Tuesday, March 10, 2015

Top 5 Tips for Close Reading with Emergent Readers

Hello Readers, I’m Marcie from Sunny and Bright in First Grade and I am so happy to be here today!  I am currently a first grade teacher but I have spent many years teaching kindergarten and pre-k as well.  I am all about the little learners! 

Today, I want to talk about close reading with the little guys.  I LOVE close reading with my students and I hope you do too!  It makes me so sad when I hear primary and/or early childhood teachers complain that close reading isn’t appropriate for emergent readers.  I could not possibly disagree more!  I think the problem is that most of the training on close reading seems to focus on intermediate grades.  So, I’m here today to share my Top 5 Tips for Close Reading with Emergent Readers!

Photo Credit: Fishy Face Photography

Before you jump into close reading with primary students, ask yourself: what’s the point?  Why is this important?  How will this impact my students as readers? 

The primary purpose of close reading with young readers is to teach students how to interact with a text.  We want to teach our students that we are reading with purpose.  Each time the student interacts with the text (usually 3-5 times) there needs to be a specific purpose.  The purpose might be vocabulary investigation, answering text dependent questions or developing higher order thinking skills.

Make sure that the learning goal is clear to both you and your students.  If you are simply “going through the motions” it will be miserable for everyone involved!  The purpose for close reading is to teach students that the text is a resource and that the answers to all of their questions can be found by "digging deeper" into the text.

Please, do not feel like you need to choose a text that matches the reading level of your emergent reader!  You are going to teach your students to “dig in” to complicated texts with your close reading lessons.  That is nearly impossible to do with a basal reader or an emergent guided reading text.

Close reading, in the primary classroom, can easily be done through a read aloud.  (This also solves the “I have 18 students and only 3 copies of the book” problem.)

For beginning readers, close reading is being used to teach students to look closely at rigorous texts. This can easily be done with a text that is read out loud to the student.

Spend some time studying the text before introducing it to students.  This gives you a chance to plan your text dependent questions but, just as importantly, it gives you time to predict how your students will interact with the text and stay ahead of them.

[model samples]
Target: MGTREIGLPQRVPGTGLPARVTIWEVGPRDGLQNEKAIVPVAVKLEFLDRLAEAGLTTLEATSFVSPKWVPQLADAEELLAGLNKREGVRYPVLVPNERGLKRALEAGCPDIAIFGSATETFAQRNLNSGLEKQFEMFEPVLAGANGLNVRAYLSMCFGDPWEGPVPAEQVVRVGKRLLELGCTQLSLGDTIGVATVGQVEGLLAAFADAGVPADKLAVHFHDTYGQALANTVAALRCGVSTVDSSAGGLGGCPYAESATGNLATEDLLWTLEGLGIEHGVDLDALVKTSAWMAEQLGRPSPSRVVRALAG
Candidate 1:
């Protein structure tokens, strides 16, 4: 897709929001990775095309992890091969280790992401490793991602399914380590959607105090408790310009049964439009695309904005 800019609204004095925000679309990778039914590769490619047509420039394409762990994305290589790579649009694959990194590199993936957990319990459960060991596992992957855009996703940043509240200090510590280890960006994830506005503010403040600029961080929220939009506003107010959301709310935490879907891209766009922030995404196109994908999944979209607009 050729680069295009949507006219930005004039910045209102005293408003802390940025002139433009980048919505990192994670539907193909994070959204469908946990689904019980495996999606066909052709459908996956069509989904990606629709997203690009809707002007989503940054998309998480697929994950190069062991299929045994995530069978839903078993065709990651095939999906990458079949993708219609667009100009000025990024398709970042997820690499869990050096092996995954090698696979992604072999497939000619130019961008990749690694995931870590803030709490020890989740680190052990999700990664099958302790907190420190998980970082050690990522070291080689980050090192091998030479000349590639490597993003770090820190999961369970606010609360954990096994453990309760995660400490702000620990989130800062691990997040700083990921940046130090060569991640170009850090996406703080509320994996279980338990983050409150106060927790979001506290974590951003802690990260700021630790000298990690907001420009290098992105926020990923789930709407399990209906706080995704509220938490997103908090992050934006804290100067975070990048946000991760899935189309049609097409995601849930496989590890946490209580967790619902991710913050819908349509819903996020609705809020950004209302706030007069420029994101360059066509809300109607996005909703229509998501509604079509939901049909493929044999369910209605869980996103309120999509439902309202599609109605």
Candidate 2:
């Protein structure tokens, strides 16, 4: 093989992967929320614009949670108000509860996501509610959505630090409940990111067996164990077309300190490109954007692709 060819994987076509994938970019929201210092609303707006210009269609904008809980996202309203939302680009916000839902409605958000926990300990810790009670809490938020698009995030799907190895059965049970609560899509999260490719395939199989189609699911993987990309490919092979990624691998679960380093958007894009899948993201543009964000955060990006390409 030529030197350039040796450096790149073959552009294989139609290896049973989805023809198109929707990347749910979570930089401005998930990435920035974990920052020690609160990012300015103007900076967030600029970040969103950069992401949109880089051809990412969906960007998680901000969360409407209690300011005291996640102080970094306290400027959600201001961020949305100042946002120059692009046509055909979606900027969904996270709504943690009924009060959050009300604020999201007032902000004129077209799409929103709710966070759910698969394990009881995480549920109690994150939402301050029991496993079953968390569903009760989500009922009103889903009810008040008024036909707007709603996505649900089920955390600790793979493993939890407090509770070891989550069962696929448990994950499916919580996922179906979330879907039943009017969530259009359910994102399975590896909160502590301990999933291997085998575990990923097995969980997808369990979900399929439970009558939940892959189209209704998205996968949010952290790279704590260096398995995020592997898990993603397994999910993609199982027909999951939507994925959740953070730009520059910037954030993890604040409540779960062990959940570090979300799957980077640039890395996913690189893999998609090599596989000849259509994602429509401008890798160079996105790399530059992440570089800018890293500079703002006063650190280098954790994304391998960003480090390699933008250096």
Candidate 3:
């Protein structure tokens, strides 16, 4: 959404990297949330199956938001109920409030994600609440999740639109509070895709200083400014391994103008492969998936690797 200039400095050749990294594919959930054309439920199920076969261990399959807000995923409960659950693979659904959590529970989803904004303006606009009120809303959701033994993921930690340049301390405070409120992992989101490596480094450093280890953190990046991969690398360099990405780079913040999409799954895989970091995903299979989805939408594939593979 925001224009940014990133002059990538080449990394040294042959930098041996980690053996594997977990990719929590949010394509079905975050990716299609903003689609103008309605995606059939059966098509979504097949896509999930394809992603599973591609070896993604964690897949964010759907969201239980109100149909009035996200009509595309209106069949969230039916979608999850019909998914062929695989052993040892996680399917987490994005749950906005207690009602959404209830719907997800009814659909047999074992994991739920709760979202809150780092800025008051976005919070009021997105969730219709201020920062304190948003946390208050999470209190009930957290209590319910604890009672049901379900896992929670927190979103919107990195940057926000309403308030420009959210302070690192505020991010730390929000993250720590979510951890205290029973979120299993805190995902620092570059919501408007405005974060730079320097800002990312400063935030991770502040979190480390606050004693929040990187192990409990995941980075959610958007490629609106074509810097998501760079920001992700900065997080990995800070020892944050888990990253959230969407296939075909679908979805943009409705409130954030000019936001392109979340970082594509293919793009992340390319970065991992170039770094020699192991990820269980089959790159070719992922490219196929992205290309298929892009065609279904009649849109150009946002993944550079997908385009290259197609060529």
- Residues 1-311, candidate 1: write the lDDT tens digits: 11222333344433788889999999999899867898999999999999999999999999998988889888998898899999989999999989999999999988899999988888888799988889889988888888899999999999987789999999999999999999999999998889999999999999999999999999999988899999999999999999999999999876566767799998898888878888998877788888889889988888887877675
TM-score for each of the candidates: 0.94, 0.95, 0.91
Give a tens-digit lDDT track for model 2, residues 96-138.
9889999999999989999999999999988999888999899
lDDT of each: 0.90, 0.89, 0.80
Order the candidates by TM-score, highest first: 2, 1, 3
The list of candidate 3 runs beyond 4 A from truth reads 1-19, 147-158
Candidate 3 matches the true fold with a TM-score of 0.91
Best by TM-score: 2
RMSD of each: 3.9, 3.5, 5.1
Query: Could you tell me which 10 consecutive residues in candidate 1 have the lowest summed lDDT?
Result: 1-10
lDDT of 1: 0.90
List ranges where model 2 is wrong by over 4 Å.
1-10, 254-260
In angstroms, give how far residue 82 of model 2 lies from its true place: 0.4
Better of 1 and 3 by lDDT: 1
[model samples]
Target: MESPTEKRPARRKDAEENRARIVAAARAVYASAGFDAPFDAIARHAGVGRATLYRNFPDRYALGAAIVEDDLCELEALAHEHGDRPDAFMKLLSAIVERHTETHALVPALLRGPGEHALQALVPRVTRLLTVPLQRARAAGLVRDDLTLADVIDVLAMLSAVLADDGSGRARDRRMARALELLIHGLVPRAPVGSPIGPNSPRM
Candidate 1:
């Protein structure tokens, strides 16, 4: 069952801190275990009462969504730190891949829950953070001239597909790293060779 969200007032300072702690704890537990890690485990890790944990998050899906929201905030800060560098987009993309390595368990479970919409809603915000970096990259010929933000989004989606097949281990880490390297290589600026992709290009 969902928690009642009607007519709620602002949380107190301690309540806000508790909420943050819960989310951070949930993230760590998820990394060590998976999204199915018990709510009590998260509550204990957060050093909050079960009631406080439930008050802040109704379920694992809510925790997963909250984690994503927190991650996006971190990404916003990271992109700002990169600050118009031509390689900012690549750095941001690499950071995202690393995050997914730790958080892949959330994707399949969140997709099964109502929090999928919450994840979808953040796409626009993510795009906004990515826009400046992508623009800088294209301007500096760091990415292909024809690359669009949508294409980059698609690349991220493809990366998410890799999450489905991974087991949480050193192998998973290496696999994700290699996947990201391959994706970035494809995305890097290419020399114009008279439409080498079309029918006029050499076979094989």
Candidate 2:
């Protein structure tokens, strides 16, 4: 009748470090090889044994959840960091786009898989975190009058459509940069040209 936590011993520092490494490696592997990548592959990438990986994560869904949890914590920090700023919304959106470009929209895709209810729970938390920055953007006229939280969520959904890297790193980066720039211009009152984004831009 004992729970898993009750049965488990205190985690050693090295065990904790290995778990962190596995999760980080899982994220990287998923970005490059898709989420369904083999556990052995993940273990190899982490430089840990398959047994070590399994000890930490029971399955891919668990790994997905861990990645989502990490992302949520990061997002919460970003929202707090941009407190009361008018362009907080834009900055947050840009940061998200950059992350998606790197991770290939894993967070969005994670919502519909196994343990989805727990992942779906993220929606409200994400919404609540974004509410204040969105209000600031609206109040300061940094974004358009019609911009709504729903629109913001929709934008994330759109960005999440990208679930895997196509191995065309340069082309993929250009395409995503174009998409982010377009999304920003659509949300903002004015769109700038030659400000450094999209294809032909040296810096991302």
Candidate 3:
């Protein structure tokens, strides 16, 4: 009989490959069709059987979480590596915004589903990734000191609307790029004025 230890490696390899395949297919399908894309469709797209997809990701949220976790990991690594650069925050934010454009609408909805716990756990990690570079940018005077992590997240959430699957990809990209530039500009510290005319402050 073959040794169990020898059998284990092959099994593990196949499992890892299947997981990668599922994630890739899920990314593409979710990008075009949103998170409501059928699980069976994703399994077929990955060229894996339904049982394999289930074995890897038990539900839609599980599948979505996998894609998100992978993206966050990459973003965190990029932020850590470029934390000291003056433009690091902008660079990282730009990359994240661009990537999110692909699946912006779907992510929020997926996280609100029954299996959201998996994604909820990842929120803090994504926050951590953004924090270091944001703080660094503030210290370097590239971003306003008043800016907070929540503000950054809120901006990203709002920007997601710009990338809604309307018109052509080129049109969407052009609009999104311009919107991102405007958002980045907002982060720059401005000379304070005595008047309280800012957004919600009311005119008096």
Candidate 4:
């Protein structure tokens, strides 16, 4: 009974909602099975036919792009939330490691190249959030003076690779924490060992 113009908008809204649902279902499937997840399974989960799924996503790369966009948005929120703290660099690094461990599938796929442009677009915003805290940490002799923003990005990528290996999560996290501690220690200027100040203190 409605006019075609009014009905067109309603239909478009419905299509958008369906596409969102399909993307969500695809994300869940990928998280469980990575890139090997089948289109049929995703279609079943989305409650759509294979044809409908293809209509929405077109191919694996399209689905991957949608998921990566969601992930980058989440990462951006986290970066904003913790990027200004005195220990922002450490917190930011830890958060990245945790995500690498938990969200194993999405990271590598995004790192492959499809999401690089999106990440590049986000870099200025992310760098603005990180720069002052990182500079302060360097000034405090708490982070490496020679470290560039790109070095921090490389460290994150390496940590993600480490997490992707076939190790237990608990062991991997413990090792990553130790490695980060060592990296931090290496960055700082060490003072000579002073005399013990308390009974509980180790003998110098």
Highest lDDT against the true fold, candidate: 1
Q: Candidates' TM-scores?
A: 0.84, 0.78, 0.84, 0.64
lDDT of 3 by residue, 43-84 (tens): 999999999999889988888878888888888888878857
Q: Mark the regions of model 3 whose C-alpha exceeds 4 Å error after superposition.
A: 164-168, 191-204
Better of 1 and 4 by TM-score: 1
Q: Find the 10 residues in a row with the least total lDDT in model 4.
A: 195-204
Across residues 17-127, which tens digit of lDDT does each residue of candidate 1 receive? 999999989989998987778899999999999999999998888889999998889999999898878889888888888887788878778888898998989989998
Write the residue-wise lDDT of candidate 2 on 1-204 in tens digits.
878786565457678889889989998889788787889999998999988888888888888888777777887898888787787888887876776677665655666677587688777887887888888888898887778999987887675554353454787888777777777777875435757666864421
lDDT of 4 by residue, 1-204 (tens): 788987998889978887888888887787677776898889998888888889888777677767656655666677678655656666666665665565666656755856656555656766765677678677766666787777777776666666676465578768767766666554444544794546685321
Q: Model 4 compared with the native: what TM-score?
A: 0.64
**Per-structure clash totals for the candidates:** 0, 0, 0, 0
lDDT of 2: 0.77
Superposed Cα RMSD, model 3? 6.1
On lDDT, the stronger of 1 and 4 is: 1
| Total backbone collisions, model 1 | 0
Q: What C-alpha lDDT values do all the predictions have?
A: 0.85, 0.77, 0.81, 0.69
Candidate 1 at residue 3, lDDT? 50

Try to predict the vocabulary that will need to be explored, what questions students will have and what new concepts you can introduce with this particular book.  I wait until students hit a “roadblock” with vocabulary to add the word to our exploration list… If they don’t seem to be hitting the roadblock with a word I know I want them to work on, I “set them up” with my own think aloud or discussion prompt.  When I know what they will have difficulty with, I can better prepare to make the most of our close reading lesson.

I think the reason I love close reading in primary classrooms SO MUCH is probably because of the deep discussions that these young students are capable of having about literature.  It gives me goose bumps every time!

I build lots and lots of conversation into my close reading plans.  Over the course of a week, I usually have my students “turn and talk”, talk in small groups, and participate in whole class conversation circles.  These discussions are so rich and give students so many opportunities to interact with the text, while developing their speaking and listening skills.

As with everything you do in your primary classroom, close reading will be more meaningful and enjoyable if you have systems in place.  In my classroom, this includes introducing the learning goal and essential question and reviewing expectations with every. single. lesson.  This sets the stage for learning and saves me more time and frustration that I can measure!
I also give my students a lot of visual support.  This includes learning goals on our focus wall, pictures of conversation “talk moves”, visual sentence starters, “talking turn” cards and much, much more.  These systems keep our learning (and my sanity) on  track.

The most important thing to remember about close reading with emergent readers is that it should be FUN!  Choose rich, engaging books that you love!  Share your excitement about the “special book” and teach your students to be text detectives.  Plan your lessons carefully, but don’t forget the magic!  Close reading with primary students should be exciting.  It should nurture the curiosity of your young students while giving them the tools to find answers to their questions. 

I hope some of these tips will help you and your little learners to fall in love with close reading!  I have developed some products that may support your close reading lessons.  These items dig in much deeper to the tips that were shared here today and give you ALL the resources you need to get started with close reading in your primary classroom RIGHT AWAY!  These products are all available in my TPT store: Sunny and Bright in First Grade. 
Conversation Circles in Primary Classrooms HERE
 Text Dependent Questions for Close Reading ANY BOOK - Kindergarten & First Grade HERE
Thank you so much for reading! 


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